Shared experience, meaning and transcendence.

Unless the subject is sports, my husband doesn’t often reflect. Well, that’s not entirely true. He’s a very reflective kind of guy, he just doesn’t always discuss his reflections unless they have to do with sports.

But this morning my husband said– It seems to me our society has lost many of its core values. Values like caring and concern for our neighbors and our community. Taking responsibility for ourselves and our children. Taking seriously what it means to have children in the first place, or to have a sexual relationship, or to marry for that matter. It seems like we no longer respect differences of opinion. We’ve become so intolerant, especially the groups that once promoted tolerance, the groups I was a part of.

Even music– It’s all for show, nothing more than superficial bling, glitz and glamor.

And then he shook his head and he read about the San Francisco Giants. It’s almost baseball season, you know. Every year is defined by baseball. Just my opinion.

He loves the Kindle Fire I bought him for his birthday. He listens to Pandora – can dial in the music he likes. He was listening to this music when he said those words:

Which reminds me of a recent discussion I had with an author friend. She and I agree on the following – the Romance genre is in danger of losing its heroes. The appeal of romance has always been the heroic archetype or the hero’s journey. Yes, I said it. Heroic Archetype. Hero’s Journey. A hero in a real romance novel will descend into the depths of hell for his woman. And she will do the same for her man. The hero’s journey, the archetype, provides context and meaning, and ultimately change and transcendence. Real romance is all about true love. Think The Princess BrideDeath cannot stop true love. All it can do is delay it for a while.

What do we have now? We have the increasing popularity of asshole heroes, men who would be considered abusive in real life. Yes, these men are complicated and fascinating and yeah, they suck you in. But in real life they are very dangerous. I should know, I was married to one once upon a time and barely escaped with my life (and my son).

So we have A-hole heroes, a glut of BDSM stories–all interchangeable, many of them built around, as my friend Lorca Damon says – barely legal virgins.

Want to read a great romance? No, not by Jane Austen although I do prefer Austen to much of what’s out there today. Truly one of the best traditional romances I’ve read~

Winter Woman by Jenna Kernan.

Winter Woman by Jenna Kernan.

Or if you really want to read a terrific Gothic romance, nothing beats Jane Eyre.

Speaks for itself...

Speaks for itself…


Fools for Luv and here’s to tomorrow!

Fools For Luv badge

Romance author Penny Watson and I are at the Fools for Luv bloghop – come join us for food and fun.

I’ve shared a recipe for Thai Pulled Chicken and Penny has shared one of her faves – the famous (or infamous) Mango Martini!

Stop by:  Fools for Luv.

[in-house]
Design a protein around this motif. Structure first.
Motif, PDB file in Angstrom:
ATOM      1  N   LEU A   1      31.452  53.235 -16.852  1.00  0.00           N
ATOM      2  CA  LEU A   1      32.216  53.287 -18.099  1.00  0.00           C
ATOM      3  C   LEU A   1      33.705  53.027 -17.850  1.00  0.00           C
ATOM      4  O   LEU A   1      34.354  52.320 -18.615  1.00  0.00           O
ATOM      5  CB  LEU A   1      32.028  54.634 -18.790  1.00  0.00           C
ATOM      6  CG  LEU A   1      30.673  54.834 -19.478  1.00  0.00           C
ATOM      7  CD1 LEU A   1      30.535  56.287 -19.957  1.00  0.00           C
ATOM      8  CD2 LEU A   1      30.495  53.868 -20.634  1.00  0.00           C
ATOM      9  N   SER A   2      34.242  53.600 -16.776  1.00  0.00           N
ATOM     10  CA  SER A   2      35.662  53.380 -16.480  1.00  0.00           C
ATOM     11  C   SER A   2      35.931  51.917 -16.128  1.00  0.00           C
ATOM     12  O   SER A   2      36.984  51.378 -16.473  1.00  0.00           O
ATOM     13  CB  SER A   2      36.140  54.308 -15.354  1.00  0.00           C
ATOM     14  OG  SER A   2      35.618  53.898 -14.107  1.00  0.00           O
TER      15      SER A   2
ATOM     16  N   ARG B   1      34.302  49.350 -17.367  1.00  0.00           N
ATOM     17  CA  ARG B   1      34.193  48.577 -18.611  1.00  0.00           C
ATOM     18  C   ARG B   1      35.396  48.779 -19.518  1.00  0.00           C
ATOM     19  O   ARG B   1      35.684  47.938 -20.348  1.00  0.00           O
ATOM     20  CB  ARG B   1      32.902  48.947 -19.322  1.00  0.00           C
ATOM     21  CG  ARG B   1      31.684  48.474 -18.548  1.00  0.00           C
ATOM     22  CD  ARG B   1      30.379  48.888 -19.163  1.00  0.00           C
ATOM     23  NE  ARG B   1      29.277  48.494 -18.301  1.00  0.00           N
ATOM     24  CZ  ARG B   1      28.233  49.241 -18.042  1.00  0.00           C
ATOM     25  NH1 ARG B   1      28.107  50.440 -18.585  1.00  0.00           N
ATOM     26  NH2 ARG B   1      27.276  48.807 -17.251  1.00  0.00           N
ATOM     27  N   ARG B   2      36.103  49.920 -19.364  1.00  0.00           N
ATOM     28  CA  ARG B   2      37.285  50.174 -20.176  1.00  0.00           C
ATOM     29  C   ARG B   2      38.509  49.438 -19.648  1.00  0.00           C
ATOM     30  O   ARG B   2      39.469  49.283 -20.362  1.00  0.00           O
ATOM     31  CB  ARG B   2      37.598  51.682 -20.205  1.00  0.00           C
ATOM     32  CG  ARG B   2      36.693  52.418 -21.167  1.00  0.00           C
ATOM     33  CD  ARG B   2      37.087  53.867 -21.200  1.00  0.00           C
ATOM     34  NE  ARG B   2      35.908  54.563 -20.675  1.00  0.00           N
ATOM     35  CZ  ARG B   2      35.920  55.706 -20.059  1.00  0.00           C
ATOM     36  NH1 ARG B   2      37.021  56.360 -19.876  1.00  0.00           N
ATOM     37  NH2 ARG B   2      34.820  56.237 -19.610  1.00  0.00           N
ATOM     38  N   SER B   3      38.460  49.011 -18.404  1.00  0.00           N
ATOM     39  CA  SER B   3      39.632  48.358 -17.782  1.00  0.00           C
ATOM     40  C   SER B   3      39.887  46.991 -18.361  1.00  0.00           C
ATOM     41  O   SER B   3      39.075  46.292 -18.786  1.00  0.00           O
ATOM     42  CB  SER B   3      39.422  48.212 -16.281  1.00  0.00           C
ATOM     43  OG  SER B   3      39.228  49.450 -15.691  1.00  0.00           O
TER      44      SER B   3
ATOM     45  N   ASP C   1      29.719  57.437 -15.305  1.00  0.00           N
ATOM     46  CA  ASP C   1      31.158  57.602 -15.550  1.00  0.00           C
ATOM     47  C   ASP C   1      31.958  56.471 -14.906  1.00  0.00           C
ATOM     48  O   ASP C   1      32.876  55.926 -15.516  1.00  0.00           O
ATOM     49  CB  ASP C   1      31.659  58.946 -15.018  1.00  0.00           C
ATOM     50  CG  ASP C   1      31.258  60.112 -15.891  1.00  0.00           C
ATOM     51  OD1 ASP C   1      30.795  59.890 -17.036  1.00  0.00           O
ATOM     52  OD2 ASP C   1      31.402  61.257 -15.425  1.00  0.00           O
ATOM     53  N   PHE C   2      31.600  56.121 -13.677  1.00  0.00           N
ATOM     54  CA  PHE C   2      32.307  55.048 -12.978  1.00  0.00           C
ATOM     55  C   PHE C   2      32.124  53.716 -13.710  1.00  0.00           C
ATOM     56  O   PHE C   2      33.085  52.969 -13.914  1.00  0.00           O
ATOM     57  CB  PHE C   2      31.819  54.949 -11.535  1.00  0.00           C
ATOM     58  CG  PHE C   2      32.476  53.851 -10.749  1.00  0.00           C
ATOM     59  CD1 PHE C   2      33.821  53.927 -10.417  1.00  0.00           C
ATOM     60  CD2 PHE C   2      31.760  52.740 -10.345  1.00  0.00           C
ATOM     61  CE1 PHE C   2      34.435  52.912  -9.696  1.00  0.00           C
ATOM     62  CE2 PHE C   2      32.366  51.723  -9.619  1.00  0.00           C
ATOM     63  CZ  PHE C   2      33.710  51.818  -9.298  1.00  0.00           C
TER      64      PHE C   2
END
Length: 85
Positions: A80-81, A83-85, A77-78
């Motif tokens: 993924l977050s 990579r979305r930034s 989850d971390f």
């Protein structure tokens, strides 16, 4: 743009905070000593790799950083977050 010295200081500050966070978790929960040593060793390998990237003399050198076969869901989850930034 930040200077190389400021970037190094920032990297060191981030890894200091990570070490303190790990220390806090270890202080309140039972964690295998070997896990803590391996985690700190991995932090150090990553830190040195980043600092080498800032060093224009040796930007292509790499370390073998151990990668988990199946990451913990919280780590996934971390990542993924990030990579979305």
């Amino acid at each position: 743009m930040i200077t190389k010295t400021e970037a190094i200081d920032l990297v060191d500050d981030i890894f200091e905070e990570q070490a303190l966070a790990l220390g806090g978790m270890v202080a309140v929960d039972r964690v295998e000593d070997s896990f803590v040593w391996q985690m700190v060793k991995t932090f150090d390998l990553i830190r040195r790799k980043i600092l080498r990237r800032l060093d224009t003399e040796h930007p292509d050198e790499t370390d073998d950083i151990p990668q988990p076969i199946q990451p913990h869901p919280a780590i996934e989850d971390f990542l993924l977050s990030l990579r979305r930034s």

You can win a book too!

I promised to promote this blog hop, because it’s gonna be smokin’ hot, but I’ve been super sick.  Just climbed out of bed with a semi-functional brain.  So I apologize to the hosts.  Forgive me.

To paraphrase Scarlet O’Hara– “I’ll get my health back, because tomorrow… is another day.”

So how do you like your heroes?

With a side of grits?  Hashbrowns?  Bacon?  Ham?  On whole wheat toast?

The subject came up between hubby and myself when I read a post about why men should read romance and women, thrillers.  I read both, duh, in addition to books in most genres, provided they are well-written.  You can read the post for yourself at The Red Pen of Doom.

My husband reads the occasional romance.  Shocking, I know.  It all began back when I worked my way through Karen Marie Monings’ Highlander romances.  He and I were on vacation and I handed him each book as I finished.  Some he thought were just plain dumb, but the one book he truly enjoyed was The Immortal Highlander, Adam’s book.  He liked this book because not only is Adam a complex character, a perfect chimera of good and bad… kind of a trickster figure, Gabrielle is an intelligent heroine.  I’ve noticed that once a story is finished, KMM’s heroines (when they reappear in later installments) tend toward TSTL.  Gabrielle seemed to be the type to remain in character throughout.  In addition, my husband felt she had a damn good reason for remaining a virgin into her twenties.   She was a Sidhe Seer and she was attracted to the fae males, not human males.  There ya go.

He got the concept all right – women who were virgins for whatever reason/excuse/prevarication/rationalization…. mostly because at the heart of each of Monings’ stories lies this theme – the virgin heroines are waiting, like Sleeping Beauty, for true love’s kiss, whether they realize it or not.  Hubby just didn’t believe it.  It didn’t fit with his world view – which is this– women enjoy sex as much as men.

Maybe it takes the right man, a strong, secure man, to read romance.  Who knows?

I think I’m lucky.  This will make my husband blush, but every one of my heroes is he.  Or is it him?  Each hero possesses one or more of his attributes.  (Hey, get your nasty minds out of the gutter!)

I have my own personal hero to model my characters after.  And he likes to read a few romance books.  He reads all my books!  I’ll tell you the romance hero he personally identifies with the most – because my husband is very into seduction - and this is one of my favorite books - he loves Marc Chastain from Kill and Tell.  For that matter, he’s also a big fan of Gray Rouillard from After the Night.  So macho, so alpha, so protective and so big hearted.

Men really should read romance.  It would be good for them.  They might just get the emotional connection we women crave.  I know thrillers, provided they are not gratuitous gore-filled slash-fests, are good for me!  I mean, look at all the existential angsty pleasure I derive from The Walking Dead and the time paradox I get to think about while watching The Terminator…


I want to talk about something of interest to me: forced seduction….the appeal or lack thereof.

Jessica at her site, Read React Review, recently posted about the campy fun of reading ye olde bodice ripper.

She featured The Raider, by Jude Deveraux.  Here is a quote from the book.  Keep in mind, it’s taken out of context…He kissed her again. “You have a choice. We make love tonight on the soft cool sand or I rape you tonight on the sharp rocks.”